KENOSHA -- On Tuesday, March 8th, there was another call to emergency crews regarding a gas-like odor coming from the downtown Kenosha area. Police blocked off roads and even closed a business as they searched for the source of the smell.
It remains unclear where the odor is coming from, but the owner of a gas station in the area insists it's not coming from his business.
It was a beautiful day for a drive in Kenosha on Tuesday, with sunshine and temperatures in the 60s. Except no one was fueling up at Lou Perrine's Gas & Groceries.
"They kinda shut down the store for safety reasons," Anthony Perrine, owner said.
Perrine said police and fire crews were called to the area of 52nd and Sheridan on Tuesday morning around 9:00 a.m. for reports of a suspicious odor.
"They`ve been having issues around the area for weeks, trying to figure out where it`s from," Perrine said.
Just last week (on March 3rd), officials evacuated three people from businesses a block-and-a-half away, and even shut down the Kenosha County Safety Building to the public and non-essential personnel. At the time, there was concern of a gas leak from an abandoned sewer line. Flushing the system fixed the problem, but when the flushing stopped, the problem returned.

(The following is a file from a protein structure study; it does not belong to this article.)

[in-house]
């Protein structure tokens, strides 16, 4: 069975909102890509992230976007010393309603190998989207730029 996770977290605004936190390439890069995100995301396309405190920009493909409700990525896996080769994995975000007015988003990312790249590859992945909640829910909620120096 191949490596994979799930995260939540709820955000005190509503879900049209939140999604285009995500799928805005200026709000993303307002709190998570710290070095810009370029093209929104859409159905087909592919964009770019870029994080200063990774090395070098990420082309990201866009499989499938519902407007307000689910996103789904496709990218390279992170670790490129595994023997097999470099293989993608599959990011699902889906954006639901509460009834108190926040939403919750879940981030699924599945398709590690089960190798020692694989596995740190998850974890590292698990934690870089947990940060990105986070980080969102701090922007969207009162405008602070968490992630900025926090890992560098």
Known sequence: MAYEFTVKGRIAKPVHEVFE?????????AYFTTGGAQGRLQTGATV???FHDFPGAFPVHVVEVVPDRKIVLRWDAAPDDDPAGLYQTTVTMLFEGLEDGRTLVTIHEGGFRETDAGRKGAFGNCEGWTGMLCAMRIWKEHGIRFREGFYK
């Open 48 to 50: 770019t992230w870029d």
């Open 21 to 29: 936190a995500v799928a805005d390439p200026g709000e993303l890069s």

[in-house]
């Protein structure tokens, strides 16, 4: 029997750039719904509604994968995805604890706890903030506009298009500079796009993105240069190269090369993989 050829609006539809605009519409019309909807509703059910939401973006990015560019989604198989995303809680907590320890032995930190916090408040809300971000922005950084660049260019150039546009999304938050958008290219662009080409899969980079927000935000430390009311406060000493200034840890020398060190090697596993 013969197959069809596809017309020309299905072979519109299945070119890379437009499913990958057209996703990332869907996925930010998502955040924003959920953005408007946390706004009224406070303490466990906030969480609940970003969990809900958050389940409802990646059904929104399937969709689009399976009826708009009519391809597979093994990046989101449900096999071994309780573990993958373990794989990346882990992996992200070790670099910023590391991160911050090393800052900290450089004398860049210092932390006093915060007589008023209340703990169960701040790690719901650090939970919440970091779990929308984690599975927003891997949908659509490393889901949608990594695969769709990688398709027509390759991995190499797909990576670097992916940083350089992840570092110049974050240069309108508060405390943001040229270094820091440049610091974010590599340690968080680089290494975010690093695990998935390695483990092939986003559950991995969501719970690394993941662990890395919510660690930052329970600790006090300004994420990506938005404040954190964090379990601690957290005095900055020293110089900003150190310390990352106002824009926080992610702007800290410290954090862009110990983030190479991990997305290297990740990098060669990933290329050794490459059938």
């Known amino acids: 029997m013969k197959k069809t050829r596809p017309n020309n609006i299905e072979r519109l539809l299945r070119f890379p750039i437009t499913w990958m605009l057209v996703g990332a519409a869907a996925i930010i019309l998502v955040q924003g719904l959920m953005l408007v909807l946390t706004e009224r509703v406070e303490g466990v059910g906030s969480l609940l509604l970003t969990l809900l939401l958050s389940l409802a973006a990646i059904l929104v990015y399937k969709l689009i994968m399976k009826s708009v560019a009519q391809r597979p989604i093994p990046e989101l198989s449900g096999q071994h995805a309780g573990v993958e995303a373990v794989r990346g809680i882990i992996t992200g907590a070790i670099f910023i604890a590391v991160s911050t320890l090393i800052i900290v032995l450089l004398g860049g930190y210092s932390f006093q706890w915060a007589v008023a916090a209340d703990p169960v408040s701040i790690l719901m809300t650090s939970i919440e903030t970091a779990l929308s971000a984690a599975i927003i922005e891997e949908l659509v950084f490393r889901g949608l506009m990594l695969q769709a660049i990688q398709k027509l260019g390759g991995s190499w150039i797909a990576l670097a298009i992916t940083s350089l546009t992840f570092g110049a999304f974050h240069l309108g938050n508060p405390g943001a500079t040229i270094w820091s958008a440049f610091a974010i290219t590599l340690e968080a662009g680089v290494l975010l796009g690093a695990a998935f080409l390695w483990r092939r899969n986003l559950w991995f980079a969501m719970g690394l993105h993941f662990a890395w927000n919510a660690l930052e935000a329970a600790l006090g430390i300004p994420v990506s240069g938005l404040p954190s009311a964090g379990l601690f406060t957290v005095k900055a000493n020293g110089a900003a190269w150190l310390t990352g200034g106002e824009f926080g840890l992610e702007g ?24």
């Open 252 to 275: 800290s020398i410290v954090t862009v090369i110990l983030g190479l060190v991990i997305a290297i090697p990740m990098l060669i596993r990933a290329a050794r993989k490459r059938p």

Fast-forward to Tuesday, when similar smells prompted crews to dig a little deeper.
"They were smelling gas or whatever the case may be," Perrine said.
Officials with the Kenosha Fire Department said traces of hydrocarbons, or petroleum-based substances were found inside the sewer.
"They sampled the stuff. They don`t believe it`s us," Perrine said.
To make sure it wasn't coming from the gas station, Perrine hired two independent inspectors to review the station's two underground tanks.
Perrine said his larger unleaded tank is fine, and inspectors continued to look into the second tank on Tuesday evening.
Whatever the outcome, Perrine said this situation has been a blow to his business.
"It`s going to cost me $10,000 just for these test to be done -- and losing all the business for the day on the best day of the year so far..." Perrine said.
The Kenosha fire chief declined to comment on camera, but said crews were vacuuming out the hydrocarbon residue and would reevaluate the area on Wednesday morning.
Perrine hoped to reopen his gas station by 11:00 p.m. Tuesday.